Tag Archives: grilled cheese

Taking it Back: The Grilled Cheese

Standard

Grilled cheese is on most people’s Top 10 comfort food list. What is more cozy than grilled cheese, I ask you? It’s just not a cozy night without that toasted cheese sandwich.

I’m here to tell you that, while a grilled cheddar (or Velveeta, if you dare) on sliced white with gently buttered sides is sublime, you can take it up a notch and make it a very special sandwich that is even company-worthy. With a side of oven fries or a green salad (or both) it can be a glamourous little bistro lunch or dinner for as many as you please.

Around here, we make grilled cheese with leftovers on nights that serious cooking can’t be mustered. I know many of  you are leftovers-averse, but pitching the rest of dinner is so wasteful and expensive. Why not take those leftovers and make something new out of it? Odds are you won’t even know it was Sunday’s roast of you make a killer sandwich out of it. Enter the Adult Grilled Cheese. There are a few rules to follow, but the mix and match of fillings is yours to create and play with.

The ‘rules’ are simply the stacking and layering of the sandwich, to ensure that each bite is cheesy and that the whole business sticks together. I generally stick to this basic theory:

Starting with your bottom slice of bread:

  • Butter the outside of the bread
  • Mustard of your choice on  the inside of the bread
  • Top with grated cheese of your choice (we use lots of extra sharp cheddar or jalapeno jack)
  • Top with meat of choice, if using
  • Another smattering of cheese (just a pinch or two)
  • Top with vegetation (usually caramelized onions, leftover baked apples, pepper jam, sauteed red peppers, pickled jalapenos or banana peppers or pepperonicinis)
  • Top with more cheese
  • Top with second slice of bread, buttered on the outside and with either mayo or mustard (or both) smeared on the inside

Yes, this is a loaded sandwich. Each layer, however, is a very thin layer, so it doesn’t get all Dagwood on you. Sometimes when there are many layers, I’ll build them in the pan I’m cooking them in, to avoid explosion when transferring from the board to the pan. Also, during cooking, I smash the sandwich on the flip, either with the back of my spatula or, if I’m making two or more sandwiches, with a foil sheet placed over the top of the flipped sammie and a well-placed heavy pan on top, and then pressed with my hand. Voila, instant panini press.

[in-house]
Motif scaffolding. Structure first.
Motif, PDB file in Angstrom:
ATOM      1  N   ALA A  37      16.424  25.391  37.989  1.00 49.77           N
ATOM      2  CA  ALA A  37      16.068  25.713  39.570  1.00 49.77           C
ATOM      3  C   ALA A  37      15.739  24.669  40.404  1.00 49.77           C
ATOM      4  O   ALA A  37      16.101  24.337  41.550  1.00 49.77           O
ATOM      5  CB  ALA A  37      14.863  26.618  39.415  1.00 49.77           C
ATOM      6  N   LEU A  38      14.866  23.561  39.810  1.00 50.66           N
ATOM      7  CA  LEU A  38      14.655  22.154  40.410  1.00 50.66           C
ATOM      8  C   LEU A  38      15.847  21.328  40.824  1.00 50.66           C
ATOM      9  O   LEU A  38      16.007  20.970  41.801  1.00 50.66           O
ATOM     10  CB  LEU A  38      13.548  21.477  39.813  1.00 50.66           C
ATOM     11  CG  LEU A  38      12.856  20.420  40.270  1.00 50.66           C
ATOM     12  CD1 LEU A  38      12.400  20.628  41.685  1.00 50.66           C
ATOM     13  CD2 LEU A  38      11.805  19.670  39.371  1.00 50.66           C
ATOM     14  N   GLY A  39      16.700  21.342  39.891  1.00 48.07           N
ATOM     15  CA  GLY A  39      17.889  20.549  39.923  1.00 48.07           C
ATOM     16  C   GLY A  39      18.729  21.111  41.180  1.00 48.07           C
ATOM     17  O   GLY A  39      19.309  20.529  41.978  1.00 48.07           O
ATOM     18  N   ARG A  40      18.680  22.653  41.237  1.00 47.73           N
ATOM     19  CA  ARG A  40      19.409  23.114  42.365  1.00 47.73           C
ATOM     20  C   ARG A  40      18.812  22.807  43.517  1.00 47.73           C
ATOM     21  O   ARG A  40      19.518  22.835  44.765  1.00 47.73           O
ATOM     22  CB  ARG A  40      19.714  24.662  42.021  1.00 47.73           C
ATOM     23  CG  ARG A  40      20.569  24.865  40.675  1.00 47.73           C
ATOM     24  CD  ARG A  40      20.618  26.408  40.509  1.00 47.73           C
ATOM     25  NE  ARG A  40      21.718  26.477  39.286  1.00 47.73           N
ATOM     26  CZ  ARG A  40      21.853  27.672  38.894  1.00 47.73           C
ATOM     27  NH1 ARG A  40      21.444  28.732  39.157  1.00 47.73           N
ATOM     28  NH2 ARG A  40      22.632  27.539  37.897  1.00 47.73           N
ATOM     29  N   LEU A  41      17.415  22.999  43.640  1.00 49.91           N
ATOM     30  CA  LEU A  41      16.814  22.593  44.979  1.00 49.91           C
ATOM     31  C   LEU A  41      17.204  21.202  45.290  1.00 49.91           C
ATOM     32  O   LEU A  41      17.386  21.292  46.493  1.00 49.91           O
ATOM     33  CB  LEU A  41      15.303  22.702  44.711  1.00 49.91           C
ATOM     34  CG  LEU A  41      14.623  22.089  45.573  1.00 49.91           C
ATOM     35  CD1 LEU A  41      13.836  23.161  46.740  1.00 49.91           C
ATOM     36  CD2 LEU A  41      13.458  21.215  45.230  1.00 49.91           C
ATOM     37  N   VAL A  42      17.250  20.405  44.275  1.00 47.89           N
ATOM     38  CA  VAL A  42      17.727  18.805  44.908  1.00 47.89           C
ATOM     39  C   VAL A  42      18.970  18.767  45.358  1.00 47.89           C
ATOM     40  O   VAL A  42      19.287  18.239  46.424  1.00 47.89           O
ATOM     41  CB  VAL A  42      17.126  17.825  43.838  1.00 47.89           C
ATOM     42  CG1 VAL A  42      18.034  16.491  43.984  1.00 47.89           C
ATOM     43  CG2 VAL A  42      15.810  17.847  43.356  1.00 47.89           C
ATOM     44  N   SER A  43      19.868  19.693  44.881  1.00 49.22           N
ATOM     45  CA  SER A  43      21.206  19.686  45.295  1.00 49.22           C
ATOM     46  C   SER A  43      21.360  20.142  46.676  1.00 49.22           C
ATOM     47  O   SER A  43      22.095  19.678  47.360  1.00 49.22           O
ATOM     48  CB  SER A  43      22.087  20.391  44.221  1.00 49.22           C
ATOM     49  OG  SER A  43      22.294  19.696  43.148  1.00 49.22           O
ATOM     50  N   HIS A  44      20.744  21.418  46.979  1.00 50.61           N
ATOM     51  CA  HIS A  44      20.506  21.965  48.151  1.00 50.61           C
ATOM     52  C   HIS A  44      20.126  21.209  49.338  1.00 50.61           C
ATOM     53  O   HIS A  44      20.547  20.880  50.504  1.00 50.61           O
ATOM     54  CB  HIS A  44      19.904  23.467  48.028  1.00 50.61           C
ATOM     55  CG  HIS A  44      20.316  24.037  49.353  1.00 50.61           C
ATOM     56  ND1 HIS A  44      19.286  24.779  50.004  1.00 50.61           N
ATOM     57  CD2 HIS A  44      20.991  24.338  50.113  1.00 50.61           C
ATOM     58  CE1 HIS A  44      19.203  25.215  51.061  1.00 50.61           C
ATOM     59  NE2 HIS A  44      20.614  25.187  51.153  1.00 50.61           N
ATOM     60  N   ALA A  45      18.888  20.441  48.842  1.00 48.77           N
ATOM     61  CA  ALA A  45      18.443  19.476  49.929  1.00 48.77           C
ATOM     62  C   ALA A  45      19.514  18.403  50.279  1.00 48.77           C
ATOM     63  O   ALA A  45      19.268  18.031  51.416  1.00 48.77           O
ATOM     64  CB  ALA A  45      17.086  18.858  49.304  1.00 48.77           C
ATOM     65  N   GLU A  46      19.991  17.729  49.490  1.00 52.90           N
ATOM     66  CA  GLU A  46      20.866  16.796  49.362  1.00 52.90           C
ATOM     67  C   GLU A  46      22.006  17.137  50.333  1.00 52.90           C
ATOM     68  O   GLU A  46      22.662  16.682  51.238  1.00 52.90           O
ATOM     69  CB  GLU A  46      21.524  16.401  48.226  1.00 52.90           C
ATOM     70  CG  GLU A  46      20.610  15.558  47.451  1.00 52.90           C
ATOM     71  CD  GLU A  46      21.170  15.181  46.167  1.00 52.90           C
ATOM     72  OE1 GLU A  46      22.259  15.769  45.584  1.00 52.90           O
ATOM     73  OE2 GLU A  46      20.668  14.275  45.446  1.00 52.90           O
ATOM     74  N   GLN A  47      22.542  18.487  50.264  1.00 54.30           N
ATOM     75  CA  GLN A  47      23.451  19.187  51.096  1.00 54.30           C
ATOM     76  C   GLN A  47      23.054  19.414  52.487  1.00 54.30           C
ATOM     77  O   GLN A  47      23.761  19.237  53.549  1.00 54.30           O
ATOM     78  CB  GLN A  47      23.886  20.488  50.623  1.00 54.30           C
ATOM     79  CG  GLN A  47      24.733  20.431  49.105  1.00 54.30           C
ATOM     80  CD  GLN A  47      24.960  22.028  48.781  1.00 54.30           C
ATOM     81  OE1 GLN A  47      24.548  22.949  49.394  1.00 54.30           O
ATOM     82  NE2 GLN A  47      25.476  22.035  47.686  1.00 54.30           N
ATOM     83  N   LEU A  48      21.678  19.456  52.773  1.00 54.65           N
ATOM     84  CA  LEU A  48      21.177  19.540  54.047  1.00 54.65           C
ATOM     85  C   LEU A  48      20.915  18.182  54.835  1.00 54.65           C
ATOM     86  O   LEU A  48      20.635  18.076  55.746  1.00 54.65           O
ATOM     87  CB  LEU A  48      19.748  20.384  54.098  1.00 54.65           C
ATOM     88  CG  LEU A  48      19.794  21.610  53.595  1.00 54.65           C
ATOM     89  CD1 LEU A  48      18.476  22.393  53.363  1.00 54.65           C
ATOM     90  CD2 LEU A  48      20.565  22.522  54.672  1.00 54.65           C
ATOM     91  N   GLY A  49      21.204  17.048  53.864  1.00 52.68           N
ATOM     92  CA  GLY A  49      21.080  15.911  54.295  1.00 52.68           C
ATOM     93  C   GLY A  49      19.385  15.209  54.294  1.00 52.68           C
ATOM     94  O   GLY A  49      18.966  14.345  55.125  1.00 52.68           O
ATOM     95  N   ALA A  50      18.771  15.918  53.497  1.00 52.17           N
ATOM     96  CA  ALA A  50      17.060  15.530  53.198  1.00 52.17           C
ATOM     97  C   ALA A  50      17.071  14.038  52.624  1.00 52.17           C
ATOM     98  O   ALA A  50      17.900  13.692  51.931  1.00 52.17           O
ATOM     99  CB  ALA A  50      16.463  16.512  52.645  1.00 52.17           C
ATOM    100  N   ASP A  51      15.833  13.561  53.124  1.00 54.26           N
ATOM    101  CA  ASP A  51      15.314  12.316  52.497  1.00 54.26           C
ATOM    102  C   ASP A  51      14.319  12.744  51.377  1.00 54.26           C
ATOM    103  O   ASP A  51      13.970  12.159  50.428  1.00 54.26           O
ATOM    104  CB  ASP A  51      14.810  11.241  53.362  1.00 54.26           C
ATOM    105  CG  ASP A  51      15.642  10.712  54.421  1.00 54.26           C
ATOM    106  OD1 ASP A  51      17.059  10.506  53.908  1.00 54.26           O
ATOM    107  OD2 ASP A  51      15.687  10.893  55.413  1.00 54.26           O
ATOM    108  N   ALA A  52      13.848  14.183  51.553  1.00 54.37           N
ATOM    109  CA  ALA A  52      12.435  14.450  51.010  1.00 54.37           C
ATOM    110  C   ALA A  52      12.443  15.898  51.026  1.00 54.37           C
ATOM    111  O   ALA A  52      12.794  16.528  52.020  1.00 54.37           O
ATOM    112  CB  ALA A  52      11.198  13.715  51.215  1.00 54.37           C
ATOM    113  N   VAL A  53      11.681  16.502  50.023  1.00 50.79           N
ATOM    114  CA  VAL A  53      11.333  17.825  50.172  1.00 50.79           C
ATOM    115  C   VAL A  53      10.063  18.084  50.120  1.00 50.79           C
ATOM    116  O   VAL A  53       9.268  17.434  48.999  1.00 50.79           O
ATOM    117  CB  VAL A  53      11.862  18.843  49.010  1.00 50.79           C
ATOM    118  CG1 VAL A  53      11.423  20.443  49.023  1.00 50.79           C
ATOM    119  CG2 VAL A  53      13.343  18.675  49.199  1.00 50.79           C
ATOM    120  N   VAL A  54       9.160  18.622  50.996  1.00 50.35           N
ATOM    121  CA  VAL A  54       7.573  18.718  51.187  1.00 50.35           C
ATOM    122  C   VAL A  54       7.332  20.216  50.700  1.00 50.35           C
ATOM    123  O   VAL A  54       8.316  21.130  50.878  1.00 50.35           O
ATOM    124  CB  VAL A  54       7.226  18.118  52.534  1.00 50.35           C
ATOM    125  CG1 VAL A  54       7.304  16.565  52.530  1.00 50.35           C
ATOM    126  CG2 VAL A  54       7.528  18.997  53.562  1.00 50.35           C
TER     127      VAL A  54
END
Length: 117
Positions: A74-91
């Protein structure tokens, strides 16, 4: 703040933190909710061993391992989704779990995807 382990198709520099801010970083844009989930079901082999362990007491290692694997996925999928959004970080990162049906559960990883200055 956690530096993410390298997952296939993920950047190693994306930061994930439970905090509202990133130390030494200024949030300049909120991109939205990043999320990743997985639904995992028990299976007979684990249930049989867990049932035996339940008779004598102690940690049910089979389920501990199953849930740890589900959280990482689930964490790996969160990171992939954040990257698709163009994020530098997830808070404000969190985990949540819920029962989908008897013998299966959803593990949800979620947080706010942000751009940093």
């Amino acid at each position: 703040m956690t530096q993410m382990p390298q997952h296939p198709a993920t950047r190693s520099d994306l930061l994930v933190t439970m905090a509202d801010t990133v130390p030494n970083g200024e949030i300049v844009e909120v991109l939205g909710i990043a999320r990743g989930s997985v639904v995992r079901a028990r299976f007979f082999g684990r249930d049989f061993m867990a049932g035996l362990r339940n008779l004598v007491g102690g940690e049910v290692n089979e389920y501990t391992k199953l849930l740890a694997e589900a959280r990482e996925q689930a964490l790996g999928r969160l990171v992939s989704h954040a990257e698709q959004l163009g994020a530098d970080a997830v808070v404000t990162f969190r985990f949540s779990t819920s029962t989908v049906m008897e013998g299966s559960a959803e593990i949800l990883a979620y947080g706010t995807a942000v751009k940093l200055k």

Some regular combinations of grilled cheeses in our house (again, usually made from left overs) are as follows:

  • Sliced sourdough with horseradish mustard, pork loin, baked apples, and caramelized onions, with cheddar cheese (this one is also good with pork roast or deli ham)
  • Sliced rye with pastrami, well drained sauerkraut and swiss with a slathering of thousand island (instead of the mayo/mustard)
  • Sliced sourdough with tri tip or roast beef, blue cheese, mayo, horseradish mustard, arugula and balsamic onions
  • Sliced cinnamon swirl bread with ham, brie and spicy pepper jam (don’t knock it until you’ve tried it)
  • Foccacia with mayo and dijon, shredded chicken, bacon, pepper jack and pepperoncinis
  • Sliced cinnamon bread with peanut butter, jelly and banana
  • Sliced cinnamon bread with nutella, peanut butter, chocolate chips and banana, with a dusting of powdered sugar (oh yes, I have)

Don’t be afraid to experiment. Leftovers are the ultimate grilled sandwich! Is it lunchtime yet?